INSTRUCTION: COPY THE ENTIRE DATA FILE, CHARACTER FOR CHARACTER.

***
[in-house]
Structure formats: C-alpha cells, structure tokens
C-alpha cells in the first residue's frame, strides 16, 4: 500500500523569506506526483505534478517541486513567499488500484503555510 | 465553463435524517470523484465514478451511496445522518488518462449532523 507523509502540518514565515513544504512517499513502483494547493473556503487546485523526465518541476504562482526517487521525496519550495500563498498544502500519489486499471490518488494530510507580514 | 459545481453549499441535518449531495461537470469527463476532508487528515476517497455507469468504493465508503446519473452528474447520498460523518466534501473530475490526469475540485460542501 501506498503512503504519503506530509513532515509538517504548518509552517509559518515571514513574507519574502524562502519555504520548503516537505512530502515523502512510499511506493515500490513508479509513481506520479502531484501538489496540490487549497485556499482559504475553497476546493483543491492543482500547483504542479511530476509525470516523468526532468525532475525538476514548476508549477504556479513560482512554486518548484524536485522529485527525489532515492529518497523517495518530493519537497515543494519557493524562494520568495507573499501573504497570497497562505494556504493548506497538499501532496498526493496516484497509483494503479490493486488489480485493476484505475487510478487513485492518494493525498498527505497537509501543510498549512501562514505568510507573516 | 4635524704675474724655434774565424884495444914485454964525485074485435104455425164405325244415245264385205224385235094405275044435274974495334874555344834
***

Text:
[in-house]
Structure formats: C-alpha cells, structure tokens
C-alpha cells in the first residue's frame, strides 16, 4: 500500500523569506506526483505534478517541486513567499488500484503555510 | 465553463435524517470523484465514478451511496445522518488518462449532523 507523509502540518514565515513544504512517499513502483494547493473556503487546485523526465518541476504562482526517487521525496519550495500563498498544502500519489486499471490518488494530510507580514 | 459545481453549499441535518449531495461537470469527463476532508487528515476517497455507469468504493465508503446519473452528474447520498460523518466534501473530475490526469475540485460542501 501506498503512503504519503506530509513532515509538517504548518509552517509559518515571514513574507519574502524562502519555504520548503516537505512530502515523502512510499511506493515500490513508479509513481506520479502531484501538489496540490487549497485556499482559504475553497476546493483543491492543482500547483504542479511530476509525470516523468526532468525532475525538476514548476508549477504556479513560482512554486518548484524536485522529485527525489532515492529518497523517495518530493519537497515543494519557493524562494520568495507573499501573504497570497497562505494556504493548506497538499501532496498526493496516484497509483494503479490493486488489480485493476484505475487510478487513485492518494493525498498527505497537509501543510498549512501562514505568510507573516 | 4635524704675474724655434774565424884495444914485454964525485074485435104455425164405325244415245264385205224385235094405275044435274974495334874555344834